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Ken Robertson – We Are All in this Together

Posted on: April 2nd, 2018 by SAAAC No Comments

Topic:

“My motivation is to discuss the challenges of First Nations children on reserves and the limited access services faced by all Canadians but especially focusing on the systemic barriers that First Nations peoples face. The premise of my speech is to reaffirm that we are all in this together and that we work together for a common goal. My motivation came after the second diagnosis of autism in my family with my daughter. As a father of four, my approach began with an awareness campaign during the 2014 municipal election for Toronto District School Board Trustee. The success of placing second pushed me to continue working towards my goal of advocacy. I decided to first create Four Directions Autism to focus on the need for the Urban First Nations community and then later speaking with various Members of Parliament including Gary Anandasangaree and my MP Julie Dzerowicz, I decided to do something more. With the support of my family, we painstakingly reached out to as many people as possible to reach the minimum 500 signatures we needed for a response. The government responded and now provincial and federal partners are working toward a clear goal to aid parents. However, more needs to be done as children with autism eventually become adults with autism.”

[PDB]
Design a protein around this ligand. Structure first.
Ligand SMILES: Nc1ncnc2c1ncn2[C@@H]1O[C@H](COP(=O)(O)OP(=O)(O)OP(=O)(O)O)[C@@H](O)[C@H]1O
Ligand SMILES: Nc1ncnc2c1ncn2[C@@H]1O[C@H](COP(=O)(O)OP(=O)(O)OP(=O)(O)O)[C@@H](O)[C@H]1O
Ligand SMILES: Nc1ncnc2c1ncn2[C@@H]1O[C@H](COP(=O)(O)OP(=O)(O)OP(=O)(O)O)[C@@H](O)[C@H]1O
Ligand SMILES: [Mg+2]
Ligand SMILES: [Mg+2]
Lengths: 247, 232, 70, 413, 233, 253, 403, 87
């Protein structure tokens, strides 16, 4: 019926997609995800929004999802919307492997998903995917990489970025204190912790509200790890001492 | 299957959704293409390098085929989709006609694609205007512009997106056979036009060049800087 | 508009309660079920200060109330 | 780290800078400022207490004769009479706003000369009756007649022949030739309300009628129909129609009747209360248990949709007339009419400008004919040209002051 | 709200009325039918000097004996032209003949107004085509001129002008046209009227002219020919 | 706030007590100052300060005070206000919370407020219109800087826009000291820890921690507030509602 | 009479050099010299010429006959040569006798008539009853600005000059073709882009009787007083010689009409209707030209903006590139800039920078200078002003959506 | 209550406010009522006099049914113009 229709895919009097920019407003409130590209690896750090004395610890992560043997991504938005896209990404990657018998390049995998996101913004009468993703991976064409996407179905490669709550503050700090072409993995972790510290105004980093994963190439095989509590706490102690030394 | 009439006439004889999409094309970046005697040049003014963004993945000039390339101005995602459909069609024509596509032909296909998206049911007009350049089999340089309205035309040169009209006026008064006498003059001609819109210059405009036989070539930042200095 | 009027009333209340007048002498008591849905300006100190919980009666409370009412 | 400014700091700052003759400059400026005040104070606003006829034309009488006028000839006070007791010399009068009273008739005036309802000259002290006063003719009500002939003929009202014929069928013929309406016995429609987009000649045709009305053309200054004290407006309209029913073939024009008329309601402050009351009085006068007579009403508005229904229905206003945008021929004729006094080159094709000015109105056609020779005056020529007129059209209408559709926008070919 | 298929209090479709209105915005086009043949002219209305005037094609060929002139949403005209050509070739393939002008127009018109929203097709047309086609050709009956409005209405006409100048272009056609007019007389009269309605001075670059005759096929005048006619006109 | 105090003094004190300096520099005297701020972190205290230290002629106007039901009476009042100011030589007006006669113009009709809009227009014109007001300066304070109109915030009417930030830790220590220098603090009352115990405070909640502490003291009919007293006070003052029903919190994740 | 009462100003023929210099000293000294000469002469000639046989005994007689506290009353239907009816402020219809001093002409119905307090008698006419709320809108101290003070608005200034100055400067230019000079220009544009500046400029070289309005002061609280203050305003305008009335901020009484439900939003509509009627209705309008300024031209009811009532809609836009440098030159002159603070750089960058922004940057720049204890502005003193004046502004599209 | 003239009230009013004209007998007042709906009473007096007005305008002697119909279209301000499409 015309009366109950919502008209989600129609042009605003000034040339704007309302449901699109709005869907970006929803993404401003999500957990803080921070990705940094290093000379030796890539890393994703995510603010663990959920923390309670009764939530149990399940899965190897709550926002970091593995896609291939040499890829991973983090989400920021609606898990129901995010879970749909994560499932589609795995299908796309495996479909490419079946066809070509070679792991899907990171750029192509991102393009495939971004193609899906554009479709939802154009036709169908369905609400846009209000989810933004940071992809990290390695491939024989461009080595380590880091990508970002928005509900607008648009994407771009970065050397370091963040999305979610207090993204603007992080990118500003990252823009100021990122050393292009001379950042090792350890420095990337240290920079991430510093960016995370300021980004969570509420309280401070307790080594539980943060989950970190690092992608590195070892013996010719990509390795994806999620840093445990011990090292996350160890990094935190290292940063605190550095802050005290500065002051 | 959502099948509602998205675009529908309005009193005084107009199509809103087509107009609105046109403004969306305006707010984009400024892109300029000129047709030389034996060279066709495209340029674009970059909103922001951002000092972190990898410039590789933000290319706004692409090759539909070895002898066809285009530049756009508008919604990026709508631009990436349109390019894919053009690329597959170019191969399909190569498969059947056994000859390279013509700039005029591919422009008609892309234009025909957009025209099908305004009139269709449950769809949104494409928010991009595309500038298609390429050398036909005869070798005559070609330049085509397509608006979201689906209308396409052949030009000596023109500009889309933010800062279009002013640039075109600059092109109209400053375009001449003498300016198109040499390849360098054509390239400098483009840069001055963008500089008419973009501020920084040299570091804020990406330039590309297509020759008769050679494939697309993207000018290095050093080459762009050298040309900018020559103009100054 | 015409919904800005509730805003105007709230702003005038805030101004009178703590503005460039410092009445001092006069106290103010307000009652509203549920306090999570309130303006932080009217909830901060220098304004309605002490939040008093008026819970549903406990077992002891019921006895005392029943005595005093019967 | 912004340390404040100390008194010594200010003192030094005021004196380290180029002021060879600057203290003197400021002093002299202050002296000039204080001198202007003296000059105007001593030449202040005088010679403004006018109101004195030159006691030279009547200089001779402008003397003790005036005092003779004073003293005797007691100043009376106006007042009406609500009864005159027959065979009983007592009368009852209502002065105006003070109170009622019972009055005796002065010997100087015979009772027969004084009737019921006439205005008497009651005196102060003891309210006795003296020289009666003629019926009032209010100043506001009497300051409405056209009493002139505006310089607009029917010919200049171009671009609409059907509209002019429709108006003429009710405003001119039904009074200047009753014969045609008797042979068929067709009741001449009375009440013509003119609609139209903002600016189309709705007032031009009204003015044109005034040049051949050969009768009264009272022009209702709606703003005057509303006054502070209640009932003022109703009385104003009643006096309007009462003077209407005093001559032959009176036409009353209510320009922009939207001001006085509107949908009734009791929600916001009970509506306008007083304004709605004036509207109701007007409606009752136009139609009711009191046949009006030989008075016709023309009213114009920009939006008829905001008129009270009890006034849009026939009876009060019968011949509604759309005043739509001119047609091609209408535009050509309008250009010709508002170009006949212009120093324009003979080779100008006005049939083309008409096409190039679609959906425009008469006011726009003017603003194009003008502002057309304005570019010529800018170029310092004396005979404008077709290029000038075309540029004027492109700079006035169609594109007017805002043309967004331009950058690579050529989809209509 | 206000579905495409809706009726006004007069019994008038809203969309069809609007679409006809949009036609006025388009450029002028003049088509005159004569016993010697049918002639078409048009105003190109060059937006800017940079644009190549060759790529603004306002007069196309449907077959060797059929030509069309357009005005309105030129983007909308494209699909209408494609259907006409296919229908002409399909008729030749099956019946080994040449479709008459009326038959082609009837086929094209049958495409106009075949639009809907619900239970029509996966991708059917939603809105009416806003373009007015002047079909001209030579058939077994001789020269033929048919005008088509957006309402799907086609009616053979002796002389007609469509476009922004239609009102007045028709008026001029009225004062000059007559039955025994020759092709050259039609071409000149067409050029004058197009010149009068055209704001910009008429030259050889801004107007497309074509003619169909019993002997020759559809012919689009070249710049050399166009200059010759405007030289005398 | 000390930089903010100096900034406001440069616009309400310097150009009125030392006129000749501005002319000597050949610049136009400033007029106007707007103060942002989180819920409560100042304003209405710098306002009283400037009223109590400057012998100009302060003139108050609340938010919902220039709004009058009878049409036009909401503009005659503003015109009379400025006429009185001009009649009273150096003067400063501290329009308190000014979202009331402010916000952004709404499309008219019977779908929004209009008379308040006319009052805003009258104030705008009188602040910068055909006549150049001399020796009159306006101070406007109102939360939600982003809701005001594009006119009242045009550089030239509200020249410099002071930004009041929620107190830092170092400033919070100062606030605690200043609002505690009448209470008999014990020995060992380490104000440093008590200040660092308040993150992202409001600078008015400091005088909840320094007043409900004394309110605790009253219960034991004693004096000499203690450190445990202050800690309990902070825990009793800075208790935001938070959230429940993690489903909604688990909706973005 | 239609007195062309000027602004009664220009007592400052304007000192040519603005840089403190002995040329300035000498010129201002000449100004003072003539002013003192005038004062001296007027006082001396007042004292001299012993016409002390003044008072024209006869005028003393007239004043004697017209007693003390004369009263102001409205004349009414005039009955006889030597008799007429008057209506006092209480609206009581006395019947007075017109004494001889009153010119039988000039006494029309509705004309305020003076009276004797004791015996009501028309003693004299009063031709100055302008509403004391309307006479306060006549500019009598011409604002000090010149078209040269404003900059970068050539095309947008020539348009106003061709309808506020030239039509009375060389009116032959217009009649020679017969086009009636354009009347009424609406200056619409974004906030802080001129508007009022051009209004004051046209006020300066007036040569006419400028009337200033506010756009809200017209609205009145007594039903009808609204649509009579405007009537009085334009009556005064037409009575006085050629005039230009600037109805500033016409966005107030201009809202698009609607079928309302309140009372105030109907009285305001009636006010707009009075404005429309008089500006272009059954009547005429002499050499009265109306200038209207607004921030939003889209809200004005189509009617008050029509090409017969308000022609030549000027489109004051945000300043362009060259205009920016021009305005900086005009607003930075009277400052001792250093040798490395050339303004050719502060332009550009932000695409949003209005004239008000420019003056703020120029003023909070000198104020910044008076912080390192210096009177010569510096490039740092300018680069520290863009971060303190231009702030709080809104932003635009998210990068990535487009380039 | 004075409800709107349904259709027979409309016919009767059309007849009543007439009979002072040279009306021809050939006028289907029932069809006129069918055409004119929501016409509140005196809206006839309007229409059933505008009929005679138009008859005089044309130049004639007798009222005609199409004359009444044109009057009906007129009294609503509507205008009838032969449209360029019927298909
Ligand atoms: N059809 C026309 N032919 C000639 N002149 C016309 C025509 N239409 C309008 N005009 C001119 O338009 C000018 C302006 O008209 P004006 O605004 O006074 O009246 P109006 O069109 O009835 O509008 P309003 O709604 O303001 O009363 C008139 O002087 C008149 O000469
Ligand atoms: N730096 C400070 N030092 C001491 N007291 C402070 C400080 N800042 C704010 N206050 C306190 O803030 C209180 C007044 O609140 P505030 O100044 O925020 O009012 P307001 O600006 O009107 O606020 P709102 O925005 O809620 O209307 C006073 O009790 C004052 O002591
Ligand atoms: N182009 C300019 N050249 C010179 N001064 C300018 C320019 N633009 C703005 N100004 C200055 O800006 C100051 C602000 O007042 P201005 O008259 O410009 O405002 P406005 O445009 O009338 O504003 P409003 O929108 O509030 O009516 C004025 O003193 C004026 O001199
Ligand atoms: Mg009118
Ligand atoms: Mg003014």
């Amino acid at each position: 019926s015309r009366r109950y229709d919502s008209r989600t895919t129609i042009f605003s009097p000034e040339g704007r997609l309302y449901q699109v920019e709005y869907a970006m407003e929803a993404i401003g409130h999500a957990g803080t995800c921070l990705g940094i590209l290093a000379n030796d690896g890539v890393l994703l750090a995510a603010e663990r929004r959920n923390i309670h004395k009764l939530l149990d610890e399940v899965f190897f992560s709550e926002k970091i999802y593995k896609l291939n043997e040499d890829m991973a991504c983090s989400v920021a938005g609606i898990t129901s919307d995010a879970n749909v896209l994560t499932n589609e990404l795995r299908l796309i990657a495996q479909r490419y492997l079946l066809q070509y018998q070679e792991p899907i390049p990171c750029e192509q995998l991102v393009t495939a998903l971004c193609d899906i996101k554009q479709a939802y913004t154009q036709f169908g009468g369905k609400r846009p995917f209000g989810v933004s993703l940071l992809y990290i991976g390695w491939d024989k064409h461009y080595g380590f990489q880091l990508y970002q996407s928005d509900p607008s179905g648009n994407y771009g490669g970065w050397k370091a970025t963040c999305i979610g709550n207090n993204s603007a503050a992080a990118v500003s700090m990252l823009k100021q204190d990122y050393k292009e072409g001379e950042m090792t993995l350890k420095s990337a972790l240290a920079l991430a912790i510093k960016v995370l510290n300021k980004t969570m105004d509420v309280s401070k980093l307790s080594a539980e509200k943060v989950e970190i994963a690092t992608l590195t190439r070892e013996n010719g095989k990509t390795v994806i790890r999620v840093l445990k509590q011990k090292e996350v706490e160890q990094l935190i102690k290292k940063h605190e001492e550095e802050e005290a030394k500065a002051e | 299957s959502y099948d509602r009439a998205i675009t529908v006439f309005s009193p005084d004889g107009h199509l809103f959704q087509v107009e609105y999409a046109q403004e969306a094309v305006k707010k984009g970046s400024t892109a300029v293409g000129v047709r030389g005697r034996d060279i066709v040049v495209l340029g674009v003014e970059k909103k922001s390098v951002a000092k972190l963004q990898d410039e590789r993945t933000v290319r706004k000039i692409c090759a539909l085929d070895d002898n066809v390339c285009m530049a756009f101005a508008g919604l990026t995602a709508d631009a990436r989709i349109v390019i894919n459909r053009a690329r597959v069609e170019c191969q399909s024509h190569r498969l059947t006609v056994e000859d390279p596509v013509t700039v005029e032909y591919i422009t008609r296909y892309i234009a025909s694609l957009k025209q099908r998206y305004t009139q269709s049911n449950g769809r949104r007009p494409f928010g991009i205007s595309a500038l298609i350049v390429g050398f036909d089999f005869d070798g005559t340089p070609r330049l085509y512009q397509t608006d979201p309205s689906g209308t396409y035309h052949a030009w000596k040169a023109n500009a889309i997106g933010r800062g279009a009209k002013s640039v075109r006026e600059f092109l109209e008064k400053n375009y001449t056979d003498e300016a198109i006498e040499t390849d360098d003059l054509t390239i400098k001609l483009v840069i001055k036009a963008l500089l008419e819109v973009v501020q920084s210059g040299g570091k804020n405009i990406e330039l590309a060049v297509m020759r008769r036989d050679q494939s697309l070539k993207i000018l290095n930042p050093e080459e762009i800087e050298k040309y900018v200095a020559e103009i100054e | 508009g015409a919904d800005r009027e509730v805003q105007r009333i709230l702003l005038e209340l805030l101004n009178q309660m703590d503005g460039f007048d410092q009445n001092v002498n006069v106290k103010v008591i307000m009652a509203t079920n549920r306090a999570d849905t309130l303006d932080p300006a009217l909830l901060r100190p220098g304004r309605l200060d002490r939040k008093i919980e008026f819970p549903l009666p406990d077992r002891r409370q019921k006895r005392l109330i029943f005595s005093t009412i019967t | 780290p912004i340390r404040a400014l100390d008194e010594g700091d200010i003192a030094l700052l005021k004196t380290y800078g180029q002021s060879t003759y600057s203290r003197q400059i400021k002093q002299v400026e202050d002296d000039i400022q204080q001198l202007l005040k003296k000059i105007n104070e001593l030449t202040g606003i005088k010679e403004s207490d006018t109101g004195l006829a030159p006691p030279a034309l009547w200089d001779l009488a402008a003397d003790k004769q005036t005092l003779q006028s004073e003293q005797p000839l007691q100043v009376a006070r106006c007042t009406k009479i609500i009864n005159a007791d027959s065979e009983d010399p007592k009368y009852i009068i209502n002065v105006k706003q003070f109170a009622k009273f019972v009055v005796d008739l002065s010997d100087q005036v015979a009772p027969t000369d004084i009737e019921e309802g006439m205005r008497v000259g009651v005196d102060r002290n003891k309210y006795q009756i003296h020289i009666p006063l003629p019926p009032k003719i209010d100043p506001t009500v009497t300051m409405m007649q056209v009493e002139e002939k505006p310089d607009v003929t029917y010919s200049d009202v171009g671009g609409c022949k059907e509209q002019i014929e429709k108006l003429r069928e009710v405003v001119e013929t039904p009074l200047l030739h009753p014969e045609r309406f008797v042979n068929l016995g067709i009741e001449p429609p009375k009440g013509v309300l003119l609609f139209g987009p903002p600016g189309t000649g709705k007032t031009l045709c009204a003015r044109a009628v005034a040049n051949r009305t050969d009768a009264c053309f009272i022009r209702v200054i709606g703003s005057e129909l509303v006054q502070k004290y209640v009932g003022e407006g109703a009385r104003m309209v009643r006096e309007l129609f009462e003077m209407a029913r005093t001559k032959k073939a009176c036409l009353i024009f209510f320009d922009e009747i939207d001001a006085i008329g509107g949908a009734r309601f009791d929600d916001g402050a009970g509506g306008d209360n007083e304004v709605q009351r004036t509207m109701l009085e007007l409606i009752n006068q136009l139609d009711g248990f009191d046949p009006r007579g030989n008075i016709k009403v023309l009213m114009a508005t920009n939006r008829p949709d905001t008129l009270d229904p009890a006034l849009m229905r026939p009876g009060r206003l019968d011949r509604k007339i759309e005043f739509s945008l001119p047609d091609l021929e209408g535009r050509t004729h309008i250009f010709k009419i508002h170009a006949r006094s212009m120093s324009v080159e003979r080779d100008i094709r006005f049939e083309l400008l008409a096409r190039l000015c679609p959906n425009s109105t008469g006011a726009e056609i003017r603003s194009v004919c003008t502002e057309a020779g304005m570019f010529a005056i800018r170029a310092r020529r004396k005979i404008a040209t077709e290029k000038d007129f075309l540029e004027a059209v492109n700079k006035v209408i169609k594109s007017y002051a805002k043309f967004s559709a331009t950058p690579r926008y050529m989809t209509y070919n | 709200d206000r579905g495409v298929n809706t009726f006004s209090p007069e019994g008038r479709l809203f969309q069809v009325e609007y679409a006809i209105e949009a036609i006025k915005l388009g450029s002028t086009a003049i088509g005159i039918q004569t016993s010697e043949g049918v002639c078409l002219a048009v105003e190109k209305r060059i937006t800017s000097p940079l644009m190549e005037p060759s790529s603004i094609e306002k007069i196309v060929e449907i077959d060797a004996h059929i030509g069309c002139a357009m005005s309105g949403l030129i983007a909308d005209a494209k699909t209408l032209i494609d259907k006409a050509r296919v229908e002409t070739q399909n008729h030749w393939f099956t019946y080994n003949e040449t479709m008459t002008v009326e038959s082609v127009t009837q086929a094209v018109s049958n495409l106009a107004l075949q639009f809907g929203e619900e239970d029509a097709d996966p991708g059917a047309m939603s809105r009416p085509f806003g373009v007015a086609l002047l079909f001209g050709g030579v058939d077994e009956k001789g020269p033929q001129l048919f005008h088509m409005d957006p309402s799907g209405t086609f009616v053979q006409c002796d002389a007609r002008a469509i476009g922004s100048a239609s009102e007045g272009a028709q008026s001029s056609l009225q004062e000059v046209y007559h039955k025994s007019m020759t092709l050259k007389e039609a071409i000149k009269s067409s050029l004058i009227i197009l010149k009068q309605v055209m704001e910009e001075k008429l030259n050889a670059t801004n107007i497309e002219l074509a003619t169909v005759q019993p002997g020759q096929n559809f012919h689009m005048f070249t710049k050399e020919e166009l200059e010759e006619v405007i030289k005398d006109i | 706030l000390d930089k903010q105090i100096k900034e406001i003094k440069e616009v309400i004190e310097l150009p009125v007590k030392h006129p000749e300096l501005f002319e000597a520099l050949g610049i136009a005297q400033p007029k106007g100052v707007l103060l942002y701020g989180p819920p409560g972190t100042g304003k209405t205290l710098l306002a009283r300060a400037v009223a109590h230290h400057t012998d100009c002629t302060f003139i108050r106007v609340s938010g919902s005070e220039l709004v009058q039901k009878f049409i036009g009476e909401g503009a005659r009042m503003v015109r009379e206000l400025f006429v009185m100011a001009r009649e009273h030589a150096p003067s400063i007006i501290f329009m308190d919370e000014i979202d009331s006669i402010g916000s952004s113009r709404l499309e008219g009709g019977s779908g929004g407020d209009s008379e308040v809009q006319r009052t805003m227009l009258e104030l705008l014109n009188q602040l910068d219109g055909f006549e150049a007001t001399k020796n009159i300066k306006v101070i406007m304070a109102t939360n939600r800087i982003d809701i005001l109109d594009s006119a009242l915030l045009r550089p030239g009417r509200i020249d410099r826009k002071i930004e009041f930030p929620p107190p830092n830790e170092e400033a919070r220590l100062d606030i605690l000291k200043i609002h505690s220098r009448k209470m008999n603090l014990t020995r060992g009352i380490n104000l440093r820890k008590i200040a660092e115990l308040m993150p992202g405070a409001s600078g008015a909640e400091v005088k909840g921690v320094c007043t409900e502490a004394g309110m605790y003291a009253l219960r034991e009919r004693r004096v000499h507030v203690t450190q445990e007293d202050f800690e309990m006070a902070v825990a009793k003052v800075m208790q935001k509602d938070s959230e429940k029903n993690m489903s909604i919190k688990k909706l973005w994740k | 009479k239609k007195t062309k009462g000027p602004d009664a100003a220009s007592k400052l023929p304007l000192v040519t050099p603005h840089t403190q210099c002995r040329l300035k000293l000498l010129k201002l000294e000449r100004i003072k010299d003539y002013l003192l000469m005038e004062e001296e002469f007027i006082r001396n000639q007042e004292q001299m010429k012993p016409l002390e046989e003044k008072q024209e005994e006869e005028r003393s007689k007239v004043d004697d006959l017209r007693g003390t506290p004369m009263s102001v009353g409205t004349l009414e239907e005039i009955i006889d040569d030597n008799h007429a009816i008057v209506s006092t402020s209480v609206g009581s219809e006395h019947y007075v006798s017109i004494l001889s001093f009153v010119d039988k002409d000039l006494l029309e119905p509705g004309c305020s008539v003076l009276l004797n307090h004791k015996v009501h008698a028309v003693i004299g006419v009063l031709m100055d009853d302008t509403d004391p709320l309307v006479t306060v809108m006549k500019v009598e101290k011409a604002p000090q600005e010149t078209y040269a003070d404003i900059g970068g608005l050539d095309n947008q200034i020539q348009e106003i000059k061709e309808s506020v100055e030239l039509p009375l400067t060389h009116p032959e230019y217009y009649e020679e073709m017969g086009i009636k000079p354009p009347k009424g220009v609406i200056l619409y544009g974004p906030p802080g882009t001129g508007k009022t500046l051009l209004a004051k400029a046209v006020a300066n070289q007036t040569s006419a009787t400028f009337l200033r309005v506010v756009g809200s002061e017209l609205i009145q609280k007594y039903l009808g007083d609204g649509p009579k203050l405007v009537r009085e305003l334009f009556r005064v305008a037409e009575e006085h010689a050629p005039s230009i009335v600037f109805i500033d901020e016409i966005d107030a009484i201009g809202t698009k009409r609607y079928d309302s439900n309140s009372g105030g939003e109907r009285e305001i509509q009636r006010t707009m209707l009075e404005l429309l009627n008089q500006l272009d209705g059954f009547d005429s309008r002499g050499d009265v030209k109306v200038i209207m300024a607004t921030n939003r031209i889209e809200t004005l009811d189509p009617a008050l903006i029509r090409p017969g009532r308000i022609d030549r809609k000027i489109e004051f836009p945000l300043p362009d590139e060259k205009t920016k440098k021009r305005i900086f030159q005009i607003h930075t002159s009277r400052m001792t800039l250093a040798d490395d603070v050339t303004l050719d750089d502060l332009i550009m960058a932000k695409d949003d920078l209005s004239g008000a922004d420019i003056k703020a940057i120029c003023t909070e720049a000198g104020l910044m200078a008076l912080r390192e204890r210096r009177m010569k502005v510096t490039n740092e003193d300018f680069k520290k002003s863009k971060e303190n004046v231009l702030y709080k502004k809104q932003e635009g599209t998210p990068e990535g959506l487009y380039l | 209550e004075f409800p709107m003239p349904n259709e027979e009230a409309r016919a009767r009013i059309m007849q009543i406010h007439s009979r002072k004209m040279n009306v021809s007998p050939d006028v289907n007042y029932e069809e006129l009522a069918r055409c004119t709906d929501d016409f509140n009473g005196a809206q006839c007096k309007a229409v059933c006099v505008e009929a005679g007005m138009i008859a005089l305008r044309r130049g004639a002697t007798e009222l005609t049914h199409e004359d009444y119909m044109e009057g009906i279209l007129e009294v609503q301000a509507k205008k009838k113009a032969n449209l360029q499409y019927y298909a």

About Speaker:

Ken Robertson is a Secwepemc from the Neskonlith Indian Band located in the south-central part of British Columbia’s Rocky Mountains. Raised in East Vancouver -“Canada’s poorest postal code”- in a way similar to many First Nations peoples, he had challenges accessing services on the reserve. Ken moved to Toronto in his youth and held positions at the Tumivut Youth Shelter, and later the Native Canadian Centre of Toronto. Shortly after the diagnosis of autism of two of his children, Ken began advocating for autism parents when he ran in the 2014 municipal election for Toronto District School Board Trustee, placing second. He is a current Board Member of Autism Ontario and successfully launched a House of Commons E-petition advocating for services for First Nations families off-reserve. His continued goal is advocating for all autism parents, and addressing the challenges each family faces.